Joining VeloClub not only supports the work we do, there are some fantastic benefits:
July 26, 2019
Photography by Gruber Images
It was mostly a war of attrition in the GC group on Thursday’s stage 18 of the Tour de France until Ineos’s Egan Bernal made things interesting on the Col du Galibier. The 22-year-old Colombian put in a big attack on the Alpine climb and ultimately pulled away, putting yellow jersey Julian Alaphilippe (Deceuninck-Quick-Step) and the rest of the GC contenders in the rearview mirror.
A few minutes later, with Bernal out to a decent gap, his Ineos teammate Geraint Thomas put in an attack of his own. Thomas opened a small advantage and also distanced Alaphilippe, but the defending Tour champ was reeled in near the summit and then Alaphilippe caught back on on the descent.
Bernal stayed clear and moved into second overall on the day, but without Thomas’s big dig drawing the rest of the GC riders into action, Bernal might have enjoyed an even bigger gap. Nonetheless, according to Bernal, it was Thomas himself who called for the aggression.
“G told me to attack and make that jump and he said that then he would try,” Bernal said. “We’re a team and everything we do is because the director sportif in the car tells us to do it.”
Interestingly, Thomas phrased things at least a little bit differently when asked about the attack. Nonetheless, he echoed the sentiment that Ineos decided to take up the task of attacking the race leader when it became clear that the pressure was not high enough.
“We wanted a hard pace, and unfortunately we were running out of guys and it didn’t seem quite hard enough, so the call was made for Egan to jump and hopefully that would kick it off, but it didn’t really,” Thomas said.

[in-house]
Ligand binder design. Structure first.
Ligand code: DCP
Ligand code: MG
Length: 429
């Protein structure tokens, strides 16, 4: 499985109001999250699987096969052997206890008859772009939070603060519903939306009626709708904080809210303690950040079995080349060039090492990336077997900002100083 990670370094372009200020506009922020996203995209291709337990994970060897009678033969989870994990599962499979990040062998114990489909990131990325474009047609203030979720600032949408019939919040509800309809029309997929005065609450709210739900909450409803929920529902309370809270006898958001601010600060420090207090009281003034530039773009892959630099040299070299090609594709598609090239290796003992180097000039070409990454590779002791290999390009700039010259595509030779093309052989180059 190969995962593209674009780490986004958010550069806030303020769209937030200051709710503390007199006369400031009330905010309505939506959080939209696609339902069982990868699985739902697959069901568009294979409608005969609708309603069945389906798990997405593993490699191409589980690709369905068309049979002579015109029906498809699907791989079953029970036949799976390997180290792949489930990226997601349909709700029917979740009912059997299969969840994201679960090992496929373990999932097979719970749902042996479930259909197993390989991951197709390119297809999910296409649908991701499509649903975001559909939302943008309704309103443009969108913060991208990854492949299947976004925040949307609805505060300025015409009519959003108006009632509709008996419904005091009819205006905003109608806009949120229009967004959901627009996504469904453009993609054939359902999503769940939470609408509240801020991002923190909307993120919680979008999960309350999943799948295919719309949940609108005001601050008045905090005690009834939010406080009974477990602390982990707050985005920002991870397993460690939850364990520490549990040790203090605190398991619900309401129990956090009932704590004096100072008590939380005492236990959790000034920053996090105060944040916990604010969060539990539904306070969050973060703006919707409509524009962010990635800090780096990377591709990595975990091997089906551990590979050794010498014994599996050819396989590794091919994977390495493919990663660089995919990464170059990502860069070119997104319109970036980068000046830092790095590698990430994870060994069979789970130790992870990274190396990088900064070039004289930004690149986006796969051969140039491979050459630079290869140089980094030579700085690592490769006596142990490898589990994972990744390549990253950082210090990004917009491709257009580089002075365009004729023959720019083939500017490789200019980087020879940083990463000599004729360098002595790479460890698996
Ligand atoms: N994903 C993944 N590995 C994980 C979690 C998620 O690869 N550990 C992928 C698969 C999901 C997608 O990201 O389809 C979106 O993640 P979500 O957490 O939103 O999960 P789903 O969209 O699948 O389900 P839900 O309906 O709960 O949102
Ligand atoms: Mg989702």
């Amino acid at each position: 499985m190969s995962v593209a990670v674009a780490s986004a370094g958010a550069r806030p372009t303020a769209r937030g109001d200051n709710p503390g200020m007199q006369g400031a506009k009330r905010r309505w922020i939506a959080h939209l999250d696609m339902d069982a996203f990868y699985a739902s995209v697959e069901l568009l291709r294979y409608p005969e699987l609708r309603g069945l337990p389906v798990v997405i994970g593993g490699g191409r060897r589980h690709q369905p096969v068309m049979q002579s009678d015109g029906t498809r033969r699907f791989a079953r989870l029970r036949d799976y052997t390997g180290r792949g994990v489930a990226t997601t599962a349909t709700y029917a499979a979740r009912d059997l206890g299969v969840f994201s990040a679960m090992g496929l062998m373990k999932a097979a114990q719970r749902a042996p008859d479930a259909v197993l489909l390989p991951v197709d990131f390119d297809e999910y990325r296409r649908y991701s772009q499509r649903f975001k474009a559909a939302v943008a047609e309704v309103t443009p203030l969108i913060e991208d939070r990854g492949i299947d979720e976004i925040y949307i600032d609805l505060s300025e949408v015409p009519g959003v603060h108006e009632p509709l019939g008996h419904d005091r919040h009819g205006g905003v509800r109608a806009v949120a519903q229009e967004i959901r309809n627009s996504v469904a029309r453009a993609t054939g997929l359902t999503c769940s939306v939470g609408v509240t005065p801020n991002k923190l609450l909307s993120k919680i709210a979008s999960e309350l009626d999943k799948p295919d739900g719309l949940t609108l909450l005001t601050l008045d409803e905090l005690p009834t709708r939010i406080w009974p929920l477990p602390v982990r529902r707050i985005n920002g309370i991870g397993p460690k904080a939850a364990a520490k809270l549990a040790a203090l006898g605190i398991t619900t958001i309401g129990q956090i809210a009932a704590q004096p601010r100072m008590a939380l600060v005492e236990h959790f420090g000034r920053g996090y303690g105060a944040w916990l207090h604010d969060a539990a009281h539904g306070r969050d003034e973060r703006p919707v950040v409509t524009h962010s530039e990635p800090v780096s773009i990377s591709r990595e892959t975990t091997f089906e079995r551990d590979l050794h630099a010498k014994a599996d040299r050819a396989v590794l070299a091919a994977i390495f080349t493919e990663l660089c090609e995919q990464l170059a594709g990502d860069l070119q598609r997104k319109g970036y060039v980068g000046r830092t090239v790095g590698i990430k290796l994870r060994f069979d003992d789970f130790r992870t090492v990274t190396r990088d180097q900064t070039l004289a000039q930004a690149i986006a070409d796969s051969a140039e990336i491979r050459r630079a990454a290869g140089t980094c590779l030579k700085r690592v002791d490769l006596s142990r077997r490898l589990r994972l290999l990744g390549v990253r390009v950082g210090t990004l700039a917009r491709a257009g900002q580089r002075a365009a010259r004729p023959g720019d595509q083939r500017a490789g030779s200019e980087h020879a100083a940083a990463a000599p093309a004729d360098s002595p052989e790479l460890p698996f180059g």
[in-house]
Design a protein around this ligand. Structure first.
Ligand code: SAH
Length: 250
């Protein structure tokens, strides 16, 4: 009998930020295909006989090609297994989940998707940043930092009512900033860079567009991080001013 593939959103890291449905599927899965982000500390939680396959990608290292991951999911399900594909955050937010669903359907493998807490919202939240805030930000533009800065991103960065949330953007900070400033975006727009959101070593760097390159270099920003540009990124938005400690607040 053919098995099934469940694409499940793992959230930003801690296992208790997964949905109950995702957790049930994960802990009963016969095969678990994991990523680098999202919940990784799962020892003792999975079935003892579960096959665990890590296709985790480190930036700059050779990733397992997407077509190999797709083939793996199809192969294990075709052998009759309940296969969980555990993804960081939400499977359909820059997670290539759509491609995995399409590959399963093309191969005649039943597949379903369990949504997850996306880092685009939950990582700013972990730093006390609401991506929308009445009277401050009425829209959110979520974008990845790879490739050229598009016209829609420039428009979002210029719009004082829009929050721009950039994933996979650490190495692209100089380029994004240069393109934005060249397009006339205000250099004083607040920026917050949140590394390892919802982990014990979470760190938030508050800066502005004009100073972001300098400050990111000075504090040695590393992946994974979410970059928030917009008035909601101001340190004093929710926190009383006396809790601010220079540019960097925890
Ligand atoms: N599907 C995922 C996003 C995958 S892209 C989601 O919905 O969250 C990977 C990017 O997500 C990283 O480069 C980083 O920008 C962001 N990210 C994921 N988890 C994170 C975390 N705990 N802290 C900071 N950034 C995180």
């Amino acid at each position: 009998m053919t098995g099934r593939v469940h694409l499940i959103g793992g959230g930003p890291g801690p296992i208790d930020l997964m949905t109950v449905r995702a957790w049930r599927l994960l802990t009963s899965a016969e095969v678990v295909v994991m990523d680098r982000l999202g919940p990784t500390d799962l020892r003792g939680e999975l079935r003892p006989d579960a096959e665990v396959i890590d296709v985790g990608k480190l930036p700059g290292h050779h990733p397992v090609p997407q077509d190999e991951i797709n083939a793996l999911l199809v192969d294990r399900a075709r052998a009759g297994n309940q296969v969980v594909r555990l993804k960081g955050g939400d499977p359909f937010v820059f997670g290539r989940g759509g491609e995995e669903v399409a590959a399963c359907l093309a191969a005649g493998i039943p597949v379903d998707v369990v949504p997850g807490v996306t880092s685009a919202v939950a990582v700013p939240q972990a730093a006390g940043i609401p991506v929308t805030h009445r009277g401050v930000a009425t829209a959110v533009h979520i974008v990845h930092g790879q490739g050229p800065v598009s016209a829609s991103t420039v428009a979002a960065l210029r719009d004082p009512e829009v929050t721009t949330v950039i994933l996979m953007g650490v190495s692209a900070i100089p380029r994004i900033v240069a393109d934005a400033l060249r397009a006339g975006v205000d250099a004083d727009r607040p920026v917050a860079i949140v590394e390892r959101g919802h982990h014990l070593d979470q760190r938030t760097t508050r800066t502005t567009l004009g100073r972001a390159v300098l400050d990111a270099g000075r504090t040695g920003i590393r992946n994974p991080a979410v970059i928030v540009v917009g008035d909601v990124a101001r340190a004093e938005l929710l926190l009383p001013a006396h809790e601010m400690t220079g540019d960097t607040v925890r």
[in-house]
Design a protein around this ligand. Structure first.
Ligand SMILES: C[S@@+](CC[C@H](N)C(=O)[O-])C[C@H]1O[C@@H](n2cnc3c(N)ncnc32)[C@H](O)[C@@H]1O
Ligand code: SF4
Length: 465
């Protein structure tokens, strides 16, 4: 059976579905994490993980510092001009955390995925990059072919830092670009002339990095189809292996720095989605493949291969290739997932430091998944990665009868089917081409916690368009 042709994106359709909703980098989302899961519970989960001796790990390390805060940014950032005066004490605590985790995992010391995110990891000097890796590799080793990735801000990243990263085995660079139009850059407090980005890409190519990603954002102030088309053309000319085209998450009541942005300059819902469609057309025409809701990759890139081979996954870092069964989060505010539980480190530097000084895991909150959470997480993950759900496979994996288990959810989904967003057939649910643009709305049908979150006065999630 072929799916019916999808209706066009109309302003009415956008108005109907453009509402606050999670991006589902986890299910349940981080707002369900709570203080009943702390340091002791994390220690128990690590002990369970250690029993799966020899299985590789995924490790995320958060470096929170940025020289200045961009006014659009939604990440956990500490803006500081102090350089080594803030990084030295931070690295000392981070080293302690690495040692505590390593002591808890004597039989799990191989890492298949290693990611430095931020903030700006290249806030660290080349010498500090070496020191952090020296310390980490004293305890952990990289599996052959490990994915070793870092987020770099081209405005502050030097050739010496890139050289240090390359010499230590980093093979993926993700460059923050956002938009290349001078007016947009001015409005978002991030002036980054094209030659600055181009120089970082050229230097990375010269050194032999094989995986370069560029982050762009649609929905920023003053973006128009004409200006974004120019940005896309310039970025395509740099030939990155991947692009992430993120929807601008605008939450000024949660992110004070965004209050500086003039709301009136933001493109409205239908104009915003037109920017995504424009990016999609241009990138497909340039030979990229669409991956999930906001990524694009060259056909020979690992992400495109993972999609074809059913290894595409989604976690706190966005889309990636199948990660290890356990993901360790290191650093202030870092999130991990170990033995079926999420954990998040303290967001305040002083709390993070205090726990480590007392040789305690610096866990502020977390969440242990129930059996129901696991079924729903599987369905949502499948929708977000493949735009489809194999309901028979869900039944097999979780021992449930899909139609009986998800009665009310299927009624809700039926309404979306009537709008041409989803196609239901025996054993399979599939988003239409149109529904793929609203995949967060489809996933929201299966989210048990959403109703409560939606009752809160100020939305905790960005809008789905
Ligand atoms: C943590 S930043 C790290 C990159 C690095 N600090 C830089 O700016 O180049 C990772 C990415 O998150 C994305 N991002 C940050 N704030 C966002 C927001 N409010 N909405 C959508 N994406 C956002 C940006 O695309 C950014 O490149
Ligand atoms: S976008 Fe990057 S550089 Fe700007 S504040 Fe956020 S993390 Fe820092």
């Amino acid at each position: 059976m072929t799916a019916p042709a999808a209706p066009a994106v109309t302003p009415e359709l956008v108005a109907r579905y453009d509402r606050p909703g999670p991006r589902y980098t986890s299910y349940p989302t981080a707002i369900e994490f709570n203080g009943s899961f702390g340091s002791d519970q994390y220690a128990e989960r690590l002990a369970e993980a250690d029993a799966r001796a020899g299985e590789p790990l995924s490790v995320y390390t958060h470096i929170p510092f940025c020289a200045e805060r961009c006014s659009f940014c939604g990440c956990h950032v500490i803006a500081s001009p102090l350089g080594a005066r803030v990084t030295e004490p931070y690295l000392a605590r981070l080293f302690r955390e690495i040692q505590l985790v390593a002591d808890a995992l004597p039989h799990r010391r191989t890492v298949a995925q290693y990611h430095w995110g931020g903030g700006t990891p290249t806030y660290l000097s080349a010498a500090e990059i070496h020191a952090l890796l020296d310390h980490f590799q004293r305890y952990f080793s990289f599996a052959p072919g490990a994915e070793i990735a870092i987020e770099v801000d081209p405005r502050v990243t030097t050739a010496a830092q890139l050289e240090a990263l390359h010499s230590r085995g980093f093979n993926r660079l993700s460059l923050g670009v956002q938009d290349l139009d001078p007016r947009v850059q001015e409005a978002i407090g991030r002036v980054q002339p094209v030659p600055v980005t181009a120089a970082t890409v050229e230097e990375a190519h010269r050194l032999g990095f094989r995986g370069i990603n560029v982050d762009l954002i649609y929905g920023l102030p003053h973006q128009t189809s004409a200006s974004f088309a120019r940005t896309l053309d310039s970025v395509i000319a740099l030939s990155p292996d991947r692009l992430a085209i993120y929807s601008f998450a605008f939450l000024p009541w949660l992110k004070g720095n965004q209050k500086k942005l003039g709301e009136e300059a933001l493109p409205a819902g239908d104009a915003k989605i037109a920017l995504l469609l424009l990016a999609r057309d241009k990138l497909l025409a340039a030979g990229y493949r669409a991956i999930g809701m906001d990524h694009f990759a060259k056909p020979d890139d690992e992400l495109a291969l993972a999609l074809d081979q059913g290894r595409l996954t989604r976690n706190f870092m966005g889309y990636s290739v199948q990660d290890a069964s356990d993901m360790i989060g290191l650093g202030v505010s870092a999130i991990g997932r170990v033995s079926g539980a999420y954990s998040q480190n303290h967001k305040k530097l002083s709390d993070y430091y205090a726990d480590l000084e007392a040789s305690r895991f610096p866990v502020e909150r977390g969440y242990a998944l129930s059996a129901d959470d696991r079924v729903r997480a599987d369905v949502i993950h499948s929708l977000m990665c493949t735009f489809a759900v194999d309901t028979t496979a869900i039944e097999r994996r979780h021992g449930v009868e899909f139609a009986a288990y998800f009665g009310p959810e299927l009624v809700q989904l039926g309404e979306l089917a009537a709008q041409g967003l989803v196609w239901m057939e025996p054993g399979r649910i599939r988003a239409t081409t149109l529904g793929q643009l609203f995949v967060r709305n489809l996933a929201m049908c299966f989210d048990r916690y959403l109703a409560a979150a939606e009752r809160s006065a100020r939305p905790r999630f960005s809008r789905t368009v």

Geraint Thomas on the Col du Galibier. Photo: Gruber Images
Once Bernal was clear, Deceuninck-Quick-Step’s Enric Mas took over at the front to drive the chase for his teammate Alaphilippe. Bernal gradually opened a decent gap, but Alaphilippe was still hanging on in the group, spurring Thomas to make his move.
“Mas rode and then they were just riding tempo again,” he said. “That’s why I had a little dig to see if anything would happen, but they obviously followed me over the top.”
With two challenging stages in the Alps still remaining and Alaphilippe still in yellow, the rest of the GC contenders are hoping the succession of hard climbs ultimately proves too great a challenge for the Frenchman. Alaphilippe may have caught back onto the GC group on the descent off the Galibier, and he may still be in yellow, but Thomas and Co. are banking on him cracking as they continue to shine at the high altitudes.
“I was feeling pretty good today. Two big days to come now,” Thomas said. “We kind of knew that today wouldn’t be a huge difference, but it’s certainly going to put some fatigue in everyone for the next two days.”
Heading into Friday’s stage 19, Alaphilippe has an overall lead of 1:30 to Bernal, with Thomas in third at 1:35. It remains to be seen whether Ineos will put the lion’s share of support behind one or another of its two top contenders. Bernal may be ahead and looking particularly strong, but he preferred to steer clear of any talk of being a clear team leader or the Tour favorite with three stages left.
“Anything can happen,” he said. “I think I’m up there, but winning the Tour is complicated.”